As the first week of fantasy baseball came to a close, many owners were counting on their Opening Day aces to cap off a strong two-start week Sunday. Those in head-to-head leagues counting on a dominating performance from your No. 1 however, were likely disappointed as the top tier of fantasy pitchers collectively fell on their faces. Cole Hamels and David Price were awful, allowing eight earned runs a piece. San Francisco’s No.1, Matt Cain, was even worse, yielding nine earned runs over just 3.2 innings while losing to the Cardinals. R.A. Dickey struggled as well, allowing eight runs (seven earned) in a loss to the Red Sox. And the blowups didn’t stop their, Stephen Strasburg was touched for three first inning runs and was handed his first loss of the season, while Justin Verlander was solid but not great while also dropping his first game of the year. To add injury to insult, top-of-the rotation studs Jered Weaver (non-throwing elbow) and Yu Darvish (blister) were both forced from their starts early, though neither injury seems serious.
Sure, Adam Wainwright and Chris Sale were solid, but Sunday represented the most disappointing day of starting pitching in recent memory. The main silver lining? Most of you who suffered through a brutal pitching performance on Sunday were also playing against one as well, negating much of the damgage on a matchup basis.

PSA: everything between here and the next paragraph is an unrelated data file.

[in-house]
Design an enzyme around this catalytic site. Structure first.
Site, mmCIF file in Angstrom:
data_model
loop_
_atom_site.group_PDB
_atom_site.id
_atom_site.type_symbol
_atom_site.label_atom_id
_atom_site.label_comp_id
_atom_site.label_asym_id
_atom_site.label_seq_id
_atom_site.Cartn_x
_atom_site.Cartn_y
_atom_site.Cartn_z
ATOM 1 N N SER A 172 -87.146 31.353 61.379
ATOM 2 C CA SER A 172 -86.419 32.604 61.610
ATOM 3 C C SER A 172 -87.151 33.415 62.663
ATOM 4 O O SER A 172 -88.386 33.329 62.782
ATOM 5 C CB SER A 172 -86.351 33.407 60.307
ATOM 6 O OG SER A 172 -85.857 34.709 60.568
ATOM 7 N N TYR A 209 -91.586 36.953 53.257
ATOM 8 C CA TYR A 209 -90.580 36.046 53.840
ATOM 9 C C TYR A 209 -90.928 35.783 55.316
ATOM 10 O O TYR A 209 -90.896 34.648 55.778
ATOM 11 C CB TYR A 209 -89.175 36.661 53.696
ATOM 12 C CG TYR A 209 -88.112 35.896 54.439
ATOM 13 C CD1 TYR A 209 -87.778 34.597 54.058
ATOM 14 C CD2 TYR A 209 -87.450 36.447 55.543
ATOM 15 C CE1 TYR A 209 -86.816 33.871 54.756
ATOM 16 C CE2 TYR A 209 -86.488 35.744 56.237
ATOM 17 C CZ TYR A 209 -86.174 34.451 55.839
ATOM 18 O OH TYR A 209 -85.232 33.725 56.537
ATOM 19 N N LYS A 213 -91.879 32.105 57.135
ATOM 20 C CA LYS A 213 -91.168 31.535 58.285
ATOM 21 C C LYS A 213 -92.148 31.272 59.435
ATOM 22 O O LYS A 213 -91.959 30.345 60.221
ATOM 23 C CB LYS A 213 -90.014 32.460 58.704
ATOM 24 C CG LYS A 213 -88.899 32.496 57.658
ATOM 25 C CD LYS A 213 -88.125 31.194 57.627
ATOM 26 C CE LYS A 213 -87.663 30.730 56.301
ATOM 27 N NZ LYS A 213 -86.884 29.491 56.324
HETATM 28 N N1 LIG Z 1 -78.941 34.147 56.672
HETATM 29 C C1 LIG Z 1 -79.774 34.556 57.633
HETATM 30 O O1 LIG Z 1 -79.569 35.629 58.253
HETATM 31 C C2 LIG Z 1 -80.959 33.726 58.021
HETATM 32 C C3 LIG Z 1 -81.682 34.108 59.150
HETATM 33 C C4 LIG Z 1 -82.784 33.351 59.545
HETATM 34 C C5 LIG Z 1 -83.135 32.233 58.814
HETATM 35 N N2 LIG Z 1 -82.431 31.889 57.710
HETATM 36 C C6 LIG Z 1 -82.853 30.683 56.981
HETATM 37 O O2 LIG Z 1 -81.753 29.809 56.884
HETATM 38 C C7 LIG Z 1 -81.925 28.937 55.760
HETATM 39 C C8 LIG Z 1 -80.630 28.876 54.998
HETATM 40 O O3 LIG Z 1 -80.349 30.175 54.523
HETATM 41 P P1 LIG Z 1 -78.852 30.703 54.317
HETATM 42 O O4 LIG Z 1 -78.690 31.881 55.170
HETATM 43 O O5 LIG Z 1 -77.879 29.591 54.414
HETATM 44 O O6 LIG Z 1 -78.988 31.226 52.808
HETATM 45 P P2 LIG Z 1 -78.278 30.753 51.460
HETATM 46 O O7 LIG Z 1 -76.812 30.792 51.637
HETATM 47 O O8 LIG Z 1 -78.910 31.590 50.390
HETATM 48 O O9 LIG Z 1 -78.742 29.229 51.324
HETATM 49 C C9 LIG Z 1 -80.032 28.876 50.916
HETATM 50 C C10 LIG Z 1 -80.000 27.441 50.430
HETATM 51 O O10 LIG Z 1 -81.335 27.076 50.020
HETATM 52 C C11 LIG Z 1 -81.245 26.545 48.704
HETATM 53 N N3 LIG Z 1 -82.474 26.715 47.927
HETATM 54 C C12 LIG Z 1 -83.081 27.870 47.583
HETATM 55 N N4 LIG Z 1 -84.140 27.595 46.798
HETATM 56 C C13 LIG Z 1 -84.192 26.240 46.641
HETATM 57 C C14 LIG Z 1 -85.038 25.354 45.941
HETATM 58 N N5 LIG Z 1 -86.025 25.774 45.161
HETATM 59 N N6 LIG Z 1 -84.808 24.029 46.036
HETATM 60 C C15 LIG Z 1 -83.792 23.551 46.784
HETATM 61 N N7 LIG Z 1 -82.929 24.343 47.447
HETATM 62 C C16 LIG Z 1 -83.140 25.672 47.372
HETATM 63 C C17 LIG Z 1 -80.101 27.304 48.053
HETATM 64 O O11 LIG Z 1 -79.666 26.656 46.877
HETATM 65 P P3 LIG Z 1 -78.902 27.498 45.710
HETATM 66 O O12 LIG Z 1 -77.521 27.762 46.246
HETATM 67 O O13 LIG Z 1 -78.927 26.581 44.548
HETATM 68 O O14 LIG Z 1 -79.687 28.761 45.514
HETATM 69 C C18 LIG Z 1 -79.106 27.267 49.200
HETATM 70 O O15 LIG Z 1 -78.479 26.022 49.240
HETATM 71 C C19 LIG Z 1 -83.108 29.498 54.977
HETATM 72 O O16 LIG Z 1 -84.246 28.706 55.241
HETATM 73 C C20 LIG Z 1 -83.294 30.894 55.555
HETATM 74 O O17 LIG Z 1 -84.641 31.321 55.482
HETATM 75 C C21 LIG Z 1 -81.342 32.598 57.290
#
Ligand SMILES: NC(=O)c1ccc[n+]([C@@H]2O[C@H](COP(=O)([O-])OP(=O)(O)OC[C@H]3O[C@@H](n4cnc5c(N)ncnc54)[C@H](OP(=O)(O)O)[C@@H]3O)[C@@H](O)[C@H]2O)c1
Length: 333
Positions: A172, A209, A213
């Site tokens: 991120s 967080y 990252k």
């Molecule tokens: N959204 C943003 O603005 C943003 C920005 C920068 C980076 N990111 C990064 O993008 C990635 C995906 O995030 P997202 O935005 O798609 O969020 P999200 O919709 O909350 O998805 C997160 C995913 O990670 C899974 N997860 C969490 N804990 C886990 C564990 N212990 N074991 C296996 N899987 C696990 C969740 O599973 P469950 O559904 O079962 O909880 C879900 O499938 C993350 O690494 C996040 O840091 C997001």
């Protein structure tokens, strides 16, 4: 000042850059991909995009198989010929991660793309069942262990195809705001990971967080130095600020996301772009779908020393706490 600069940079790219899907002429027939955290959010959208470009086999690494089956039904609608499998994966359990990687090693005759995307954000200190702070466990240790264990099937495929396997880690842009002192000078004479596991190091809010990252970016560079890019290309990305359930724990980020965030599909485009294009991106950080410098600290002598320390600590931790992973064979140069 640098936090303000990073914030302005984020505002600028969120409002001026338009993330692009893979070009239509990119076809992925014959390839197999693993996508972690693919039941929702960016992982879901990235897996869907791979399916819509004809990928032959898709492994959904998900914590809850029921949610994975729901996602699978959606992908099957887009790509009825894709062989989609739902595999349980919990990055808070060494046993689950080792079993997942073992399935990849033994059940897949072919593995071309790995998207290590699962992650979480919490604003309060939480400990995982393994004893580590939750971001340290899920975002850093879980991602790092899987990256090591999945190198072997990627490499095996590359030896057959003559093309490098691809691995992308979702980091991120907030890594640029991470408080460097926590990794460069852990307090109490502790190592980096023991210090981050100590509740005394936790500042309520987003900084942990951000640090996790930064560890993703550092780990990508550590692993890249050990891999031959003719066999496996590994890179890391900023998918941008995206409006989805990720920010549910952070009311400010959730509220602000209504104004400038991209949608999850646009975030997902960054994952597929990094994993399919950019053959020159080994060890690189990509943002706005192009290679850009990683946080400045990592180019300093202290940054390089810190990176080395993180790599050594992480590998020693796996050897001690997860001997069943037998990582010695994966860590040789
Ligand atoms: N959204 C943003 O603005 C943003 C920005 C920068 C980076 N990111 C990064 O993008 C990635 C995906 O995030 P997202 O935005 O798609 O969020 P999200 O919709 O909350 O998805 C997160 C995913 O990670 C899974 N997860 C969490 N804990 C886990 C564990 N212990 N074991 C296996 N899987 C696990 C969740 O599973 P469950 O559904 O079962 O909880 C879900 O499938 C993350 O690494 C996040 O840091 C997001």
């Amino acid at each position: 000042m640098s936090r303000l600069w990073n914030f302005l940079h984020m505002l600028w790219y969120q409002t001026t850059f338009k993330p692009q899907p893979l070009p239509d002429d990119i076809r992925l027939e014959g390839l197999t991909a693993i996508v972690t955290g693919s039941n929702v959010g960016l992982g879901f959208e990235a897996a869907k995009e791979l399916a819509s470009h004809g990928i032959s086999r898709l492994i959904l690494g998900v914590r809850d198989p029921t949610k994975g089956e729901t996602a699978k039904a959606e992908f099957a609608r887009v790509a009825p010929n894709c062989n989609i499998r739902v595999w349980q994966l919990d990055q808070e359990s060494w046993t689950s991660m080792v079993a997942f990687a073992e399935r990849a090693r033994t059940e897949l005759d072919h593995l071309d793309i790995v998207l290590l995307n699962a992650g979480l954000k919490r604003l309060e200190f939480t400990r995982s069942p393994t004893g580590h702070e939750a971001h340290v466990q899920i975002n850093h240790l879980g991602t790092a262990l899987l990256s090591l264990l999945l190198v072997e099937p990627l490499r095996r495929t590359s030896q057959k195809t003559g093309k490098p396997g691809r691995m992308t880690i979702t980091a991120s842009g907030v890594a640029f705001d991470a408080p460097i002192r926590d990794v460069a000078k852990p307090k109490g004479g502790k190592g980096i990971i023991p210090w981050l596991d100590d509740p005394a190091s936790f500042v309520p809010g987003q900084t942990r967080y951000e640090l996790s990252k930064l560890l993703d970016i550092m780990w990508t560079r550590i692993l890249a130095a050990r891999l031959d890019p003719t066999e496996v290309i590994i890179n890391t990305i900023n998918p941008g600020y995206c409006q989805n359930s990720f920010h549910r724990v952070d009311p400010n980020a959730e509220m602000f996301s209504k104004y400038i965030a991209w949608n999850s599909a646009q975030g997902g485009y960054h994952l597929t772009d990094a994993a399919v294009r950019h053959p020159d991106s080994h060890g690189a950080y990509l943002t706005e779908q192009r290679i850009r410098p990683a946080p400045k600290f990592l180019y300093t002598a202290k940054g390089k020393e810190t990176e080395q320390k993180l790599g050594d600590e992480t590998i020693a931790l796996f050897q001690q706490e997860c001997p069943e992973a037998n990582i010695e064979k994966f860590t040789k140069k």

Of all the aces that failed this weekend, R.A. Dickey sits as a clear concern. Dickey’s knuckler was expected to be money in the climate-controlled Rogers’ Centre but that was not the case on Sunday. Regression from his Cy Young season was expected, with many accepting his solid 2010-2011 numbers as a nice baseline for value, but this pitcher has been nothing like that. Dickey made his name on providing quality outings and a bump in his strikeout rate vaulted him into the elite tier last season. So far this season, the K’s have still been solid (5 strikeouts in 4.2 innings Sunday) but the consistency is yet to show up. Dickey was beat around early Sunday, allowing a pair of home runs to Will Middlebrooks (who went deep three times on Sunday all-told). Still, it feels just a bit early to panic on any pitcher who you drafted as a top-30 arm. With a sample size of just two games, it may be hard to overlook the putrid performance, but if you drafted any of these starters for their consistent elite production, you really have no choice but to stay the course in the early going.
Around the League
- The third base position took another hit over the weekend with Aramis Ramirez (knee) heading to the DL with a knee strain. Reportedly, the issue was something that Ramirez had been dealing with in the spring so there must be concern that this injury is a tad more serious than the “strain” tag would make it appear. The position will get some relief with Cardinals’ David Freese set to make his season debut on Monday, but there is truly slim picking on the waiver wire. Among third baseman owned in <40% of Yahoo fantasy leagues, Placido Polanco (yes, really), Chris Johnson, Juan Francisco and Lonnie Chisenhall top our list of available replacements. In other words, your screwed.